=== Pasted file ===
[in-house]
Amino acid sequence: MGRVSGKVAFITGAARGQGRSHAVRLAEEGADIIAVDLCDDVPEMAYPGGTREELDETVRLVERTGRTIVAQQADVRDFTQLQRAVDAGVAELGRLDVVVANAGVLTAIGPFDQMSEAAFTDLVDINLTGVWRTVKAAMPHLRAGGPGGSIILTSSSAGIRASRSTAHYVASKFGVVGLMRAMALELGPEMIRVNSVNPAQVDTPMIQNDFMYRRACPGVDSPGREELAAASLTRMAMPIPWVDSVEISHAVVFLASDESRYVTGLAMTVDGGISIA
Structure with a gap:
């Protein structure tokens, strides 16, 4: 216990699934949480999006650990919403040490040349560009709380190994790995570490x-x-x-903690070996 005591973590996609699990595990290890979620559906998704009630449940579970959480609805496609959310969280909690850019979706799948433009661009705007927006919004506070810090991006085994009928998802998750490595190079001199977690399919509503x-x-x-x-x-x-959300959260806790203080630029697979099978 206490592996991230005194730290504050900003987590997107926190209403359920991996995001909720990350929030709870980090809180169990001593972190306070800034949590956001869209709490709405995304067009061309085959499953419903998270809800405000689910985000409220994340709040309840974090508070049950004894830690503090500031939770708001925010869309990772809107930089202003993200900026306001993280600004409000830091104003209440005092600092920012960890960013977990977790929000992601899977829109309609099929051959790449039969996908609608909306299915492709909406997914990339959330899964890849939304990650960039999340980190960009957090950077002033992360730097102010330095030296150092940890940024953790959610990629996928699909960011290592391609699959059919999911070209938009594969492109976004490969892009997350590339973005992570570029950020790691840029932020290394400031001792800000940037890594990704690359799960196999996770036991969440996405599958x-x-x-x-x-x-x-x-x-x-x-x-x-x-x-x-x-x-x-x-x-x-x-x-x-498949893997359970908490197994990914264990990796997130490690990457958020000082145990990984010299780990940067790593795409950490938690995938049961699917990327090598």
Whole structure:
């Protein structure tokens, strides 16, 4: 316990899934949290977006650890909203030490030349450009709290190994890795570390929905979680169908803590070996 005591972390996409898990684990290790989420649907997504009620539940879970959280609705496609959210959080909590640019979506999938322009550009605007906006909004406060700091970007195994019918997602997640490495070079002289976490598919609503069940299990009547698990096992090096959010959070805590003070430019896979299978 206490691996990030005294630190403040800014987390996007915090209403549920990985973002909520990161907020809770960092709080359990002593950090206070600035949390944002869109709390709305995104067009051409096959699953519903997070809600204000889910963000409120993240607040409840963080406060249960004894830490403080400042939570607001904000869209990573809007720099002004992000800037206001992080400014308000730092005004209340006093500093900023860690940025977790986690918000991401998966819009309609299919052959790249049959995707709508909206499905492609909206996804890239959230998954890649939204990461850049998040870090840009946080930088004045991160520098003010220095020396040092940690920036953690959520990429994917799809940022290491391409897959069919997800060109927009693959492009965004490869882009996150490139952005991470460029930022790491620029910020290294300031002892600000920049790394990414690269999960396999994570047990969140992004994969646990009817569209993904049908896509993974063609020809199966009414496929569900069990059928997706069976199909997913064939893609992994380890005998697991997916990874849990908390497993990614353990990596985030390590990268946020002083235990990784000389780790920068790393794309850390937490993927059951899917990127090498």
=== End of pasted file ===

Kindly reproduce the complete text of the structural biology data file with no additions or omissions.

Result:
[in-house]
Amino acid sequence: MGRVSGKVAFITGAARGQGRSHAVRLAEEGADIIAVDLCDDVPEMAYPGGTREELDETVRLVERTGRTIVAQQADVRDFTQLQRAVDAGVAELGRLDVVVANAGVLTAIGPFDQMSEAAFTDLVDINLTGVWRTVKAAMPHLRAGGPGGSIILTSSSAGIRASRSTAHYVASKFGVVGLMRAMALELGPEMIRVNSVNPAQVDTPMIQNDFMYRRACPGVDSPGREELAAASLTRMAMPIPWVDSVEISHAVVFLASDESRYVTGLAMTVDGGISIA
Structure with a gap:
């Protein structure tokens, strides 16, 4: 216990699934949480999006650990919403040490040349560009709380190994790995570490x-x-x-903690070996 005591973590996609699990595990290890979620559906998704009630449940579970959480609805496609959310969280909690850019979706799948433009661009705007927006919004506070810090991006085994009928998802998750490595190079001199977690399919509503x-x-x-x-x-x-959300959260806790203080630029697979099978 206490592996991230005194730290504050900003987590997107926190209403359920991996995001909720990350929030709870980090809180169990001593972190306070800034949590956001869209709490709405995304067009061309085959499953419903998270809800405000689910985000409220994340709040309840974090508070049950004894830690503090500031939770708001925010869309990772809107930089202003993200900026306001993280600004409000830091104003209440005092600092920012960890960013977990977790929000992601899977829109309609099929051959790449039969996908609608909306299915492709909406997914990339959330899964890849939304990650960039999340980190960009957090950077002033992360730097102010330095030296150092940890940024953790959610990629996928699909960011290592391609699959059919999911070209938009594969492109976004490969892009997350590339973005992570570029950020790691840029932020290394400031001792800000940037890594990704690359799960196999996770036991969440996405599958x-x-x-x-x-x-x-x-x-x-x-x-x-x-x-x-x-x-x-x-x-x-x-x-x-498949893997359970908490197994990914264990990796997130490690990457958020000082145990990984010299780990940067790593795409950490938690995938049961699917990327090598």
Whole structure:
């Protein structure tokens, strides 16, 4: 316990899934949290977006650890909203030490030349450009709290190994890795570390929905979680169908803590070996 005591972390996409898990684990290790989420649907997504009620539940879970959280609705496609959210959080909590640019979506999938322009550009605007906006909004406060700091970007195994019918997602997640490495070079002289976490598919609503069940299990009547698990096992090096959010959070805590003070430019896979299978 206490691996990030005294630190403040800014987390996007915090209403549920990985973002909520990161907020809770960092709080359990002593950090206070600035949390944002869109709390709305995104067009051409096959699953519903997070809600204000889910963000409120993240607040409840963080406060249960004894830490403080400042939570607001904000869209990573809007720099002004992000800037206001992080400014308000730092005004209340006093500093900023860690940025977790986690918000991401998966819009309609299919052959790249049959995707709508909206499905492609909206996804890239959230998954890649939204990461850049998040870090840009946080930088004045991160520098003010220095020396040092940690920036953690959520990429994917799809940022290491391409897959069919997800060109927009693959492009965004490869882009996150490139952005991470460029930022790491620029910020290294300031002892600000920049790394990414690269999960396999994570047990969140992004994969646990009817569209993904049908896509993974063609020809199966009414496929569900069990059928997706069976199909997913064939893609992994380890005998697991997916990874849990908390497993990614353990990596985030390590990268946020002083235990990784000389780790920068790393794309850390937490993927059951899917990127090498």